Just after the turn of the century, a young professional photographer moved his family from Pennsylvania to Fresno. Claude C. “Pop” Laval soon established himself as the “Go to guy” when an important life event such as a fire, an accident scene or family gathering needed to be recorded.
From 1910 until 1966, Pop Laval’s ledgers and records inform us he took over 100,000 photographs from Bakersfield to Stockton, and throughout his beloved Sierra Nevada mountains. As people realized he was blessed with a keen eye for just the right shot, he was hired again and again by companies as well as individuals to capture their contributions to the greatness of California’s Great Central Valley.
This legacy of life, as it was lived in the first half of the twentieth, provides incredible insight into how people created America as they went about their daily tasks in the fields, orchards, dairy farms, and manufacture of tools and techniques, many still in use today. This quiet, inventive professional was always pushing the envelope of his vocation.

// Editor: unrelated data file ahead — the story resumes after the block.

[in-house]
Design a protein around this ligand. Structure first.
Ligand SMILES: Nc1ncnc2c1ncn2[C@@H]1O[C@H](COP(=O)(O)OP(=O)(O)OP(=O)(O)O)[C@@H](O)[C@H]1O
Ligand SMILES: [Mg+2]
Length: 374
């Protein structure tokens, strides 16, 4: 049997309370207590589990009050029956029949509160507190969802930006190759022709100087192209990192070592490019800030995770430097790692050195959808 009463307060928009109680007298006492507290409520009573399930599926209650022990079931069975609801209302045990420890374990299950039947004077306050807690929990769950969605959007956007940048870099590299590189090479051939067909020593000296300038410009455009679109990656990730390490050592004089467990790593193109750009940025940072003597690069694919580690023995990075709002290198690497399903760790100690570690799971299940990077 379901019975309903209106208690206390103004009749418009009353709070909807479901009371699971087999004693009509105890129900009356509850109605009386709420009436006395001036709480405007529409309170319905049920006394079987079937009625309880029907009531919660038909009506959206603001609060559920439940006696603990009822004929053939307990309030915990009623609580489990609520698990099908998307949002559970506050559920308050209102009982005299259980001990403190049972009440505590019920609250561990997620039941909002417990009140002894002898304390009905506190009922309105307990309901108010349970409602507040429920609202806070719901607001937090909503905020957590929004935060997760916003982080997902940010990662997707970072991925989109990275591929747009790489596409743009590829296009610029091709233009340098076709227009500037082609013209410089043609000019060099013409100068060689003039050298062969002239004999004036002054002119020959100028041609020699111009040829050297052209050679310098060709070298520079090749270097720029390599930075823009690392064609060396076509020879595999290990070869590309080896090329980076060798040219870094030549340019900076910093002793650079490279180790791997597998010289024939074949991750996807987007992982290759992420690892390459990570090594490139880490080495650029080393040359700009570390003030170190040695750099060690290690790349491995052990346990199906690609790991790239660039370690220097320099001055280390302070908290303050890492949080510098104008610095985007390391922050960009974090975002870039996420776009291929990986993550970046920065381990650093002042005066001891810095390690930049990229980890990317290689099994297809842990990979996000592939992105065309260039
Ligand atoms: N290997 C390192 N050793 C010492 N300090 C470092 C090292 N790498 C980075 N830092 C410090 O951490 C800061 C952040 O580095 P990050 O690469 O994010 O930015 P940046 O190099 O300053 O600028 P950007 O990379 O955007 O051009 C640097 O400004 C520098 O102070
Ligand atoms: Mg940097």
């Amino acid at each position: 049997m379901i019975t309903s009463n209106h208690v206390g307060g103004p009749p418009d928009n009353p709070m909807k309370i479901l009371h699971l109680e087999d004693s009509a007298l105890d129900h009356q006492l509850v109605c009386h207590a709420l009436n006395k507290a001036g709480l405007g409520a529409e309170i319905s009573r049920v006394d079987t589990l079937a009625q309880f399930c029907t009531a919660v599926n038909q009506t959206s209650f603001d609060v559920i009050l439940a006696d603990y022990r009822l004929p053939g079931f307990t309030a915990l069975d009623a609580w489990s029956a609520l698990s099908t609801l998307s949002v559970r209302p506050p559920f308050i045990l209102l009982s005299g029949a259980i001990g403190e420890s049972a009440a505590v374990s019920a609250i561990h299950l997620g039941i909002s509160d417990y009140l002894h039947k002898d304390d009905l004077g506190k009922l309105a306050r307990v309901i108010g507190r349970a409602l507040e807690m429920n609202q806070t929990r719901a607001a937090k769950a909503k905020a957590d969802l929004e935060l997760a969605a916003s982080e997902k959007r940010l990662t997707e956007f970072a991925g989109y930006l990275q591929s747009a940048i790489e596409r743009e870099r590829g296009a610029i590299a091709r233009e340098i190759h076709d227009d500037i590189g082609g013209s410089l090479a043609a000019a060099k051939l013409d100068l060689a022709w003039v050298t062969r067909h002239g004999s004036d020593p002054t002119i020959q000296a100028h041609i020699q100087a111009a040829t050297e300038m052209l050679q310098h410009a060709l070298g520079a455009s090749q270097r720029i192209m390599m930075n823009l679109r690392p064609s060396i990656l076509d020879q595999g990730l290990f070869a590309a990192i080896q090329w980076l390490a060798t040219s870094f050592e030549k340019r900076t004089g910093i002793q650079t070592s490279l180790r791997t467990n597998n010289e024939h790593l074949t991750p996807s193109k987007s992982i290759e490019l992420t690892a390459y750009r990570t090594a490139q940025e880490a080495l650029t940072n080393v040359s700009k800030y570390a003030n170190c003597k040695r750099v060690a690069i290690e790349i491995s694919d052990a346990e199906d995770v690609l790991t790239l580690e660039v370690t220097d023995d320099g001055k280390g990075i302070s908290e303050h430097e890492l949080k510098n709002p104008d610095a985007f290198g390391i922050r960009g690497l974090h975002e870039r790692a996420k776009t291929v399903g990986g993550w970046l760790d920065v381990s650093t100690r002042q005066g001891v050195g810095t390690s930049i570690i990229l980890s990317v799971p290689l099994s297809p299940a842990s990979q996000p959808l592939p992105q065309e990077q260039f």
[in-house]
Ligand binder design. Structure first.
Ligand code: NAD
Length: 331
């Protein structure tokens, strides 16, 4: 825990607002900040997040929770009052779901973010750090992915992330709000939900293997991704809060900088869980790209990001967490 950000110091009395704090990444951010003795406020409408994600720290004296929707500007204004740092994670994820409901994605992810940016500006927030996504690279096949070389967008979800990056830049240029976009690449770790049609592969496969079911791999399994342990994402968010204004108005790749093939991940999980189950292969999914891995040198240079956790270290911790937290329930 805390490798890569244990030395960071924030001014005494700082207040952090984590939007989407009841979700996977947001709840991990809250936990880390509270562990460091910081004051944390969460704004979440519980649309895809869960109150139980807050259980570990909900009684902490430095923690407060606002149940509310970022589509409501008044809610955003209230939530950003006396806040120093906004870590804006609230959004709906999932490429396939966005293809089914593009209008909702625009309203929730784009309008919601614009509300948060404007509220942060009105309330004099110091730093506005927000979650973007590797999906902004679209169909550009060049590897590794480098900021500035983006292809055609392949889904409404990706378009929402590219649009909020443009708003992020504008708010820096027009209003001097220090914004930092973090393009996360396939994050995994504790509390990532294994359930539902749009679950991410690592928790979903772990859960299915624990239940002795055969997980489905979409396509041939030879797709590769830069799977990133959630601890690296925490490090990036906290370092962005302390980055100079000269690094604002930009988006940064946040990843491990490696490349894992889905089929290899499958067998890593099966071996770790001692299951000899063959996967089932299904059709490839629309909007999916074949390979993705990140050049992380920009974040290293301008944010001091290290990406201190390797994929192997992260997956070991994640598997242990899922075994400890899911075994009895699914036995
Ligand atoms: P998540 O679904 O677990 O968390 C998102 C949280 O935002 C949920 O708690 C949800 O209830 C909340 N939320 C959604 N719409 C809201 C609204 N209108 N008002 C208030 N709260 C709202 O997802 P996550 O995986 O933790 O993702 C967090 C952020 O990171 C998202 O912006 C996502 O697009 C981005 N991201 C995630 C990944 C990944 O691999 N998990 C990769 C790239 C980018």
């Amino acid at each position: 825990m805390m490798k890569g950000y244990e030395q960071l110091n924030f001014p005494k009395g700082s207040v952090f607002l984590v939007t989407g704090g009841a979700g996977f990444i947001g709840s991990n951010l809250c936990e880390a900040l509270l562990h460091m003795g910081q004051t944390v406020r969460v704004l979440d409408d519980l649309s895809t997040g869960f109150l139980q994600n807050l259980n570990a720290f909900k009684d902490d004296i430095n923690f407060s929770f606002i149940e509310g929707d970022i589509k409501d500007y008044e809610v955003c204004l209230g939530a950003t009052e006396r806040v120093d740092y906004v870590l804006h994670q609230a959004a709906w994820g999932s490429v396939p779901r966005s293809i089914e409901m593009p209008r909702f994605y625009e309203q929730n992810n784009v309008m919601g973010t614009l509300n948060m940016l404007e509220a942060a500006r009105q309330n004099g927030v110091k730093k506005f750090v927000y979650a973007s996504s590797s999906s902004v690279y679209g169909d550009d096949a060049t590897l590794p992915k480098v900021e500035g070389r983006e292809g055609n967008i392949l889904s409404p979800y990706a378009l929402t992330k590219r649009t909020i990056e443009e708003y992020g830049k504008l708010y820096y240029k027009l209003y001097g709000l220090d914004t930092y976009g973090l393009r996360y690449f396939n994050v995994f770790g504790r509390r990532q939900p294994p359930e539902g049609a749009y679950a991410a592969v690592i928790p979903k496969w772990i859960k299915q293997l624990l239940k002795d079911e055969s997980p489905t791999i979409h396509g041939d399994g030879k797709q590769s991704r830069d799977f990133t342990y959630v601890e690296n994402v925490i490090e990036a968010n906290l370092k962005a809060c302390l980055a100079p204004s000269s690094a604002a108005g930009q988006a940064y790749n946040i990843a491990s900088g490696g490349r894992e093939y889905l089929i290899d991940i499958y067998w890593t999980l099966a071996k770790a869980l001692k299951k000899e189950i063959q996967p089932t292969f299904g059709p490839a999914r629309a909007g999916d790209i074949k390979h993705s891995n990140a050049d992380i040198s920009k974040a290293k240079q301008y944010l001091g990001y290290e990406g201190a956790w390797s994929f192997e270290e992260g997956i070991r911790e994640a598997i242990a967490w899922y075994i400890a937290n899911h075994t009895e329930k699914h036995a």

Around 1914, Laval brought the first of the new fangled “movie” cameras to the Valley. With this marvelous invention, he became a regular source for movie newsreel content to Metrotone and Pathe news services, providing the world’s audiences with noteworthy current events from California.
To honor this man and his legacy, Pop’s great-granddaughter Elizabeth began to reintroduce this treasure to the world in 2000. Although she and her team have digitized less than 1 % of the Collection, with these they have published three books, been a weekly feature for almost five years on local Fox network TV, been a major exhibitor at the Fresno Fair for six years, opened an acclaimed educational Gallery/event center, and provided public and private exhibits throughout the city.